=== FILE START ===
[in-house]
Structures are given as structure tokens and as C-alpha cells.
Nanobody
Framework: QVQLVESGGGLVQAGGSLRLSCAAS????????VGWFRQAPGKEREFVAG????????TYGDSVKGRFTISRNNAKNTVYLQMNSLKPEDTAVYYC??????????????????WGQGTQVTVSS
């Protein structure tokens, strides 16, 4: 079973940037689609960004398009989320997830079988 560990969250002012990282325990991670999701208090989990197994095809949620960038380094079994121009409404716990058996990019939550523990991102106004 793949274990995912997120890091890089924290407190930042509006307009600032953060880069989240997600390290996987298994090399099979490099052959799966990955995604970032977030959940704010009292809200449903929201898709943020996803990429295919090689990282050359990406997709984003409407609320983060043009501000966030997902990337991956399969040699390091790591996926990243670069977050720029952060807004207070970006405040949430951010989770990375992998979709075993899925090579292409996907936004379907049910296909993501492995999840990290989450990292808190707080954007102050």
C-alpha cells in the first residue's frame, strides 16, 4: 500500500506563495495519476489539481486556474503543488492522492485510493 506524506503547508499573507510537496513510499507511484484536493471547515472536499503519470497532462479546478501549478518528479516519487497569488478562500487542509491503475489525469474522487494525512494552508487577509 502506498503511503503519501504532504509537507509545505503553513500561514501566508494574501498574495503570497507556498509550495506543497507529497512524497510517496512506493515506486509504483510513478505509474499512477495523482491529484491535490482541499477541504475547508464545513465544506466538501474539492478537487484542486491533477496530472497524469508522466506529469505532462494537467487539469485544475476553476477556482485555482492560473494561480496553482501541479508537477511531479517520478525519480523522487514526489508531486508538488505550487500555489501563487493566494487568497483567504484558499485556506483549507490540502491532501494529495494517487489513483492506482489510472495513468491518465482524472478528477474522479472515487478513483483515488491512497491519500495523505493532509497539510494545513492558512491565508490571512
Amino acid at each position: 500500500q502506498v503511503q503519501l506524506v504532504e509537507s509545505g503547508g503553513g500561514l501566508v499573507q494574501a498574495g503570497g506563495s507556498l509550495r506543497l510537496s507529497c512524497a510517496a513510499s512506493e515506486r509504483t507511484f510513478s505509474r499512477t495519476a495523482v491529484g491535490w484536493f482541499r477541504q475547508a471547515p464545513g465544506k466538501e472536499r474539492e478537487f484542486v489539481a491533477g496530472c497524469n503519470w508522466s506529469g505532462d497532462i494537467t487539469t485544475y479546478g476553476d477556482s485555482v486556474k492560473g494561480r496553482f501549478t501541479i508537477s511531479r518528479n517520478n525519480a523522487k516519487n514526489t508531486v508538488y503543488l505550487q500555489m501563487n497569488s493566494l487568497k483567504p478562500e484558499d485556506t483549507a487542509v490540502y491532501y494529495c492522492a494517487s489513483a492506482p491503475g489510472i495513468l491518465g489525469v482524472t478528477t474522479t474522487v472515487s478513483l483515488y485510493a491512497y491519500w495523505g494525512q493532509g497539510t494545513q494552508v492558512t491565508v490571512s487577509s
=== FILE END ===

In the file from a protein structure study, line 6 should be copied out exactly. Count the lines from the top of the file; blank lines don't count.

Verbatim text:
C-alpha cells in the first residue's frame, strides 16, 4: 500500500506563495495519476489539481486556474503543488492522492485510493 506524506503547508499573507510537496513510499507511484484536493471547515472536499503519470497532462479546478501549478518528479516519487497569488478562500487542509491503475489525469474522487494525512494552508487577509 502506498503511503503519501504532504509537507509545505503553513500561514501566508494574501498574495503570497507556498509550495506543497507529497512524497510517496512506493515506486509504483510513478505509474499512477495523482491529484491535490482541499477541504475547508464545513465544506466538501474539492478537487484542486491533477496530472497524469508522466506529469505532462494537467487539469485544475476553476477556482485555482492560473494561480496553482501541479508537477511531479517520478525519480523522487514526489508531486508538488505550487500555489501563487493566494487568497483567504484558499485556506483549507490540502491532501494529495494517487489513483492506482489510472495513468491518465482524472478528477474522479472515487478513483483515488491512497491519500495523505493532509497539510494545513492558512491565508490571512